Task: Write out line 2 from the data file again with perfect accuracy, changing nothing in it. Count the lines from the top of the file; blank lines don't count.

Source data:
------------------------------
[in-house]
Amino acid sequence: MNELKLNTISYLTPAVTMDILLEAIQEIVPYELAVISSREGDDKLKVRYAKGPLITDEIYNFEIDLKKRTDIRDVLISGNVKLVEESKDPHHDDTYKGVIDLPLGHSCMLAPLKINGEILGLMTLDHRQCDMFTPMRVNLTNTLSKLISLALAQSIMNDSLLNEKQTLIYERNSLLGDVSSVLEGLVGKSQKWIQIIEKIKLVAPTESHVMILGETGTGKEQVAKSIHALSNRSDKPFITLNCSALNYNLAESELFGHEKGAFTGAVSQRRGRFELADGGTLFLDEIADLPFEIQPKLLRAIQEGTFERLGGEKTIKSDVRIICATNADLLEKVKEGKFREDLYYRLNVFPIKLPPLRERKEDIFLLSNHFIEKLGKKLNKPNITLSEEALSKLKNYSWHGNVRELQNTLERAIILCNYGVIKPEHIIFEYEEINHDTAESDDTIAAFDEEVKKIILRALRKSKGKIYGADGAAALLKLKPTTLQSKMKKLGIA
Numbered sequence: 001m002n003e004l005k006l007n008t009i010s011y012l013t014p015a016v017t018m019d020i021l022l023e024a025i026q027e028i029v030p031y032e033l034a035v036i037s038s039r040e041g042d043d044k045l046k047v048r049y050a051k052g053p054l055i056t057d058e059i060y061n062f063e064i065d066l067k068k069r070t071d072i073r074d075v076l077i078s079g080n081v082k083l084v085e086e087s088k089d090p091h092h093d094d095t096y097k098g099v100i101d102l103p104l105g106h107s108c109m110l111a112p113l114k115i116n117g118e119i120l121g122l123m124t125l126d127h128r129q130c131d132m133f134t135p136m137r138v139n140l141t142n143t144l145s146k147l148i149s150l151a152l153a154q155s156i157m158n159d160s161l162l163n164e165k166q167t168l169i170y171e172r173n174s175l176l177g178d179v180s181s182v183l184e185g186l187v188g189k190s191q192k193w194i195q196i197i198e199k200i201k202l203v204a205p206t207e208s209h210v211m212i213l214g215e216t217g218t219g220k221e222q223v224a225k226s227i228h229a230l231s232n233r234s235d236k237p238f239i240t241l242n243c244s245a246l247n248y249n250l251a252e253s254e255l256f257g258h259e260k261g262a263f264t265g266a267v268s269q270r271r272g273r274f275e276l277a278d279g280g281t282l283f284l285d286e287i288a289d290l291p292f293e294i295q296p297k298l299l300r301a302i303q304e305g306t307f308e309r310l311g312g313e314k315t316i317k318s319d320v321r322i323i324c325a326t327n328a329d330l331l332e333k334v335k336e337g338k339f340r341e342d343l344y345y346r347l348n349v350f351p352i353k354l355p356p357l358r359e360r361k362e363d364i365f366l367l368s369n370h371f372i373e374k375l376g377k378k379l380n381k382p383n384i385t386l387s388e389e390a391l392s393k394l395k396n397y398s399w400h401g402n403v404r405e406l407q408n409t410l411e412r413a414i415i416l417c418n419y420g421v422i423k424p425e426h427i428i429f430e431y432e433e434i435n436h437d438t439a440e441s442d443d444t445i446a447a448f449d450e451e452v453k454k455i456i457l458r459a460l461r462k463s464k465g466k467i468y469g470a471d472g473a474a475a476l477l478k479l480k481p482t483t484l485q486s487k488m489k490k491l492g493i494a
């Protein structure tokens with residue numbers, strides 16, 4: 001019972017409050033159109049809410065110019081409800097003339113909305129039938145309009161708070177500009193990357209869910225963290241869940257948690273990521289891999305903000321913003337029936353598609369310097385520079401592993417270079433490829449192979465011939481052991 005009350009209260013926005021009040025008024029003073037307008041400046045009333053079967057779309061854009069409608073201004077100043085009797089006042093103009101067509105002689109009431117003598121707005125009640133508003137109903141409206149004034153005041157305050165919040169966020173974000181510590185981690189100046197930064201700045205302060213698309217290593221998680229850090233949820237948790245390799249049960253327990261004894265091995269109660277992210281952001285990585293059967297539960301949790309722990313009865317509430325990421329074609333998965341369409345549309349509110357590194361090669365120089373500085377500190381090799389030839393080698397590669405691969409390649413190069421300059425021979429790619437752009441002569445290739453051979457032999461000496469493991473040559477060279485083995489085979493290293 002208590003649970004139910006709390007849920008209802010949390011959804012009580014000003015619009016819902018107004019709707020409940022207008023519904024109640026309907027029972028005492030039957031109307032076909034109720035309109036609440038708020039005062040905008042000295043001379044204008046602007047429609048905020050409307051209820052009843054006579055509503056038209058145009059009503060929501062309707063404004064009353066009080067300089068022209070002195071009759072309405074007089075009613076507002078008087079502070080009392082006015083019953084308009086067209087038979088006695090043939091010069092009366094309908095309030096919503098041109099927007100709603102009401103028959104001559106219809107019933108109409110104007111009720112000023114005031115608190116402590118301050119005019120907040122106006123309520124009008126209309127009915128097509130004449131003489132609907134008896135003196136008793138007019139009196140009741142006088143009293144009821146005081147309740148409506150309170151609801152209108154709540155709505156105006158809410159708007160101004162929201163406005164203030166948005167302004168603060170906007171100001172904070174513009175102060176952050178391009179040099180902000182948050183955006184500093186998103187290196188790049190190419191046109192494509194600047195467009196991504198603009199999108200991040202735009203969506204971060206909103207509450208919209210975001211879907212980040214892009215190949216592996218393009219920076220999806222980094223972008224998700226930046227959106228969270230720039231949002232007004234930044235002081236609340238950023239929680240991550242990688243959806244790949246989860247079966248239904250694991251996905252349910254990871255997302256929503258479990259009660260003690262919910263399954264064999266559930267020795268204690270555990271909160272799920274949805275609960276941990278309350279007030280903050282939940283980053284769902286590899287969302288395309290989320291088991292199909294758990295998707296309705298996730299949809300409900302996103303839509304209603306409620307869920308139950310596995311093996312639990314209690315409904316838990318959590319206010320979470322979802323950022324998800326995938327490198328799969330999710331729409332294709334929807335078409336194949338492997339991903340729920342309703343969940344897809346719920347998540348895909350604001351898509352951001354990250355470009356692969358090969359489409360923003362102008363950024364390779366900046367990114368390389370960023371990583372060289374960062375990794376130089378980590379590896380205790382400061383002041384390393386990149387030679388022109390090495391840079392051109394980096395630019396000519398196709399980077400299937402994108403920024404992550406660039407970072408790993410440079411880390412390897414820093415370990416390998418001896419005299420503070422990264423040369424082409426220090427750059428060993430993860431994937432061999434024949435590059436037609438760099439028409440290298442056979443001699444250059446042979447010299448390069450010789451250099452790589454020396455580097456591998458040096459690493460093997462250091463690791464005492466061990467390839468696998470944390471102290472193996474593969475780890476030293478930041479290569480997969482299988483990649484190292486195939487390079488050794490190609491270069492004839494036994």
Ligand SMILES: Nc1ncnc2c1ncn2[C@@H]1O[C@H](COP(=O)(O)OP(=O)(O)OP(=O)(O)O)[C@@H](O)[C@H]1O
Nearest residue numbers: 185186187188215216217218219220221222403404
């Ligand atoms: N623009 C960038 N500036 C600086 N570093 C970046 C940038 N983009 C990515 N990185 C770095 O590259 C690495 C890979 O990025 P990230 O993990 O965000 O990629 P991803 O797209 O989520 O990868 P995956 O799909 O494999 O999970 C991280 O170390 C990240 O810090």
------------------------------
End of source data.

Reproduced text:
Amino acid sequence: MNELKLNTISYLTPAVTMDILLEAIQEIVPYELAVISSREGDDKLKVRYAKGPLITDEIYNFEIDLKKRTDIRDVLISGNVKLVEESKDPHHDDTYKGVIDLPLGHSCMLAPLKINGEILGLMTLDHRQCDMFTPMRVNLTNTLSKLISLALAQSIMNDSLLNEKQTLIYERNSLLGDVSSVLEGLVGKSQKWIQIIEKIKLVAPTESHVMILGETGTGKEQVAKSIHALSNRSDKPFITLNCSALNYNLAESELFGHEKGAFTGAVSQRRGRFELADGGTLFLDEIADLPFEIQPKLLRAIQEGTFERLGGEKTIKSDVRIICATNADLLEKVKEGKFREDLYYRLNVFPIKLPPLRERKEDIFLLSNHFIEKLGKKLNKPNITLSEEALSKLKNYSWHGNVRELQNTLERAIILCNYGVIKPEHIIFEYEEINHDTAESDDTIAAFDEEVKKIILRALRKSKGKIYGADGAAALLKLKPTTLQSKMKKLGIA